My two most recent columns shared some background about a librarywide UX improvement project at North Carolina’s Chapel Hill Public Library (CHPL), as well as some actual projects on which we’re working. Now I want to spend some time on the role of data.
Gathering the right data
A good deal of user experience (UX) work involves gathering data, and projects at CHPL have been no exception. We’ve amassed all sorts of quantitative data: gate count, number of telephone calls received in a day, how often the different self-check machines are used, how often furniture is used, the cost of staff time compared to the cost of software, which pages on the website are actually accessed, and more.
We’ve also harvested qualitative data, answering questions like: How do people behave in the outer lobby, and why do some people choose to work there? Do people look at or use the many promotional flyers in the cubbies in the inner lobby? What is it like to use the restrooms and are they generally clean?
CHPL staff have invested a lot of time in gathering, sorting, and analyzing data, and the investment has paid off in more than one way. Working with facts about the library and the behavior of users elevates the discussion from being a collection of people’s opinions to one that’s grounded in reality. Oftentimes people’s opinions and reality are perfectly aligned, and that’s always a good thing. Even so, having a bit of data to confirm hunches is a really good thing.
Another way data gathering has been time well spent is that it is an inclusive process. Everyone in the library has been invited to join a project team to participate, do some research, and influence changes. Involving as many people as possible not only has the potential to increase buy-in, it can imbue projects with diverse perspectives.
Evaluating experiments—integral to the concept of prototyping—is a form of data collection, and this process has been valuable in determining outcomes. For instance, CHPL staff identified a new conceivable location for the periodicals collection. Moving the magazines upstairs to a more prominent and comfortable spot seemed like a good idea, and the change was made but with an experimental mind-set.
What if the new space turned out to be a dud? No big deal, because nothing was carved in stone and we could try another area. In the end, our initial hunch was a good one: more people are using the periodicals in their new location. An unexpected benefit of this change is that it has transformed an otherwise empty-feeling space to one that is often filled with the quiet energy of people sitting and reading.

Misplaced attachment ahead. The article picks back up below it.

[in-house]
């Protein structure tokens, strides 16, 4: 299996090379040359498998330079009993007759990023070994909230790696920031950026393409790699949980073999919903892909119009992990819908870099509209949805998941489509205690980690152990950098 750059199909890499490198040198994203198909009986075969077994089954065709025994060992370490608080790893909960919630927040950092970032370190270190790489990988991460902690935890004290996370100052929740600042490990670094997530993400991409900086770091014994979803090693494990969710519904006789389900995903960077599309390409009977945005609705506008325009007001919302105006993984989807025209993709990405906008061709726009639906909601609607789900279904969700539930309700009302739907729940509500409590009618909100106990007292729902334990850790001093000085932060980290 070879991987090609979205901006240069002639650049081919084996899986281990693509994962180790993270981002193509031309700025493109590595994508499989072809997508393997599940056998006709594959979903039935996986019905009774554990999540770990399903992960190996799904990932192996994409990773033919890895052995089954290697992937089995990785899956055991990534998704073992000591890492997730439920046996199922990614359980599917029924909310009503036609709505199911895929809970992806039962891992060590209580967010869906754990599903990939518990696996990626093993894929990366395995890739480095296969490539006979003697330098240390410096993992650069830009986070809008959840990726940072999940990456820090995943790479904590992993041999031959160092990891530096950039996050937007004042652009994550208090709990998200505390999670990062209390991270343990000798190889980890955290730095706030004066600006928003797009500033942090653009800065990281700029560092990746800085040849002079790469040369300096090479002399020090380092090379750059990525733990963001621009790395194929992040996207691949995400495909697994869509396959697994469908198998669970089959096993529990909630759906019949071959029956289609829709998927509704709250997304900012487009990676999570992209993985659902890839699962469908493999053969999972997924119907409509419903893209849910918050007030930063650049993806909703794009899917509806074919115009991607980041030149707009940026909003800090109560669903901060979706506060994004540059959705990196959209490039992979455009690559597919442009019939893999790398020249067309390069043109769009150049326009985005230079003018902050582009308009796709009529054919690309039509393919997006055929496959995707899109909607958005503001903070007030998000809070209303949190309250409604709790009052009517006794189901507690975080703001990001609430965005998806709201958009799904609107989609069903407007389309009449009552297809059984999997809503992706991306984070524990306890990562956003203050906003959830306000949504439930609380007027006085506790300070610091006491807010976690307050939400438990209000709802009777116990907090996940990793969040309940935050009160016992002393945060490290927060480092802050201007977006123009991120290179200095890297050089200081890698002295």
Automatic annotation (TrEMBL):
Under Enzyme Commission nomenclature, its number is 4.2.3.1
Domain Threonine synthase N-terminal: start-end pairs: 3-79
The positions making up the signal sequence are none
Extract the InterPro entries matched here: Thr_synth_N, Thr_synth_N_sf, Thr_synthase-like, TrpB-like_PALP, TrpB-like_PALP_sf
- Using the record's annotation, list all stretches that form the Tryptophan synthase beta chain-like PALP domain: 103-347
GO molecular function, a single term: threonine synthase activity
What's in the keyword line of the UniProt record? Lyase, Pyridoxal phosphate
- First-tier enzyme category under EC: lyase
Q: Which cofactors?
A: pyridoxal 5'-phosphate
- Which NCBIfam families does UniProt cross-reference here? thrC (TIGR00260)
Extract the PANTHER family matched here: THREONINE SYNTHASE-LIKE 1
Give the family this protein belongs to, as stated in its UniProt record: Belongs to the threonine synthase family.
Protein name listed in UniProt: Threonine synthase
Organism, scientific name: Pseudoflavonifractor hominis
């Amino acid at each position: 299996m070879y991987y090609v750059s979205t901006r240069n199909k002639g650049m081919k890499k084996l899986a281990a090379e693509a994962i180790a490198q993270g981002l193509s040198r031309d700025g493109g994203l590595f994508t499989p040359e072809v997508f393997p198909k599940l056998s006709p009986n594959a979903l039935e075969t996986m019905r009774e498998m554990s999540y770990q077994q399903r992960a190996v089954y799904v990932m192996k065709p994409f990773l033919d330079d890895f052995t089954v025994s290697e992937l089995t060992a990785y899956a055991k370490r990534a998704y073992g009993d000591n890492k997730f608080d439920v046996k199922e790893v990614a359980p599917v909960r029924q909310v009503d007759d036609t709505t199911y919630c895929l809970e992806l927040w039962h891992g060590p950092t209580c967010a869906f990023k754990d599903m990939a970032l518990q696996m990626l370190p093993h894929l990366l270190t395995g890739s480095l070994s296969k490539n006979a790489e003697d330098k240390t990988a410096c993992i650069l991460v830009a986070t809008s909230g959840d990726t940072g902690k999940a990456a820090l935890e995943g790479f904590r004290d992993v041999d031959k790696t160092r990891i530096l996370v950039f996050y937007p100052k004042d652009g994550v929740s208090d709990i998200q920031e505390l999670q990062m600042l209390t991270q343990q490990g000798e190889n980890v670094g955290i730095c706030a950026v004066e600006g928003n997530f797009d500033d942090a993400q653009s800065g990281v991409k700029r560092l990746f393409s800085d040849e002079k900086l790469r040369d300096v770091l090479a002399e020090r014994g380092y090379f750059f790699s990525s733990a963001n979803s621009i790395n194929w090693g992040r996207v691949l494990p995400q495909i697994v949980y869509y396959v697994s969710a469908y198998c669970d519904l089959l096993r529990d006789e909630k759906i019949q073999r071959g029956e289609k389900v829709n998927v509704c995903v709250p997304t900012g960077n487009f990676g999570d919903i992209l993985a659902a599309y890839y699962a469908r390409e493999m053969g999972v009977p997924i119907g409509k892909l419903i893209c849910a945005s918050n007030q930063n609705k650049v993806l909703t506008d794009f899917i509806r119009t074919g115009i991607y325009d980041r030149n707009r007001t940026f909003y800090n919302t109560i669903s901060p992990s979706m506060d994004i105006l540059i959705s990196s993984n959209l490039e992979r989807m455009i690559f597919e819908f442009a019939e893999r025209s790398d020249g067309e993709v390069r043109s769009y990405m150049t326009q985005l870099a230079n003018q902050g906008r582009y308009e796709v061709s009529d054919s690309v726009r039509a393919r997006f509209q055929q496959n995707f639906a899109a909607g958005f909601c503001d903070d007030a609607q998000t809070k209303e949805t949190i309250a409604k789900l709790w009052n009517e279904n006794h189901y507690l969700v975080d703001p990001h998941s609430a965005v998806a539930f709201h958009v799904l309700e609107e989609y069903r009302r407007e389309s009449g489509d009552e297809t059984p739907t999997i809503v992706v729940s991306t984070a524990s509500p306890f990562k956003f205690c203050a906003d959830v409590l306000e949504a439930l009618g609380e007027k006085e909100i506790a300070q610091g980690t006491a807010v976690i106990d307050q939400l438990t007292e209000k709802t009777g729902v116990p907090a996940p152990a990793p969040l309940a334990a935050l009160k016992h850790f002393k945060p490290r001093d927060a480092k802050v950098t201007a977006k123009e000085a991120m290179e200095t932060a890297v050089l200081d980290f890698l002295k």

Mapping the process
Service blueprinting has been a very useful data-related tool. For a few library services we’ve defined, step-by-step, the process for delivering a service. This includes what’s required of both the library user and the staff member. Seeing all of the steps of, say, registering for a library card has helped us identify what’s working well and how it might be improved. After examining an actual process, service blueprinting provides a great way to do some quick and easy prototyping on the fly.
Defining the steps of different service flows on note cards or a spreadsheet enables you to experiment without actual implementation. Working through the details on paper and iterating based on multiple ideas is a way to ensure a quality outcome. In the case of CHPL patron registration, this evaluative process helped folks determine that paper forms are no longer needed.
Acting on inspiration
As useful as spreadsheet upon spreadsheet of data can be, not everything needs to be studied to death. In some cases it is all right to act on just plain good ideas and see what happens.
A recent string of fruitful meetings led to a number of such decisions. From removing the collection of ancient and beat-up Kindles to normalizing how some special item types are circulated to eliminating the library’s PC reservation system, the only data needed was the general agreement that these things should be done.
As with moving the magazines, nothing is final. Should there be an outcry about the devices no longer being available (doubtful), or if a lot of people start cuing up for computers (hasn’t happened in a while), the library can change course again.
Data can help a library make solid decisions, but it shouldn’t be the only thing driving those judgments. Data won’t materialize out of thin air, hitting you over the head with inspiration. Instead, look at your library with fresh eyes, and imagine the type of library you want to create. Then you can dig in to make it happen.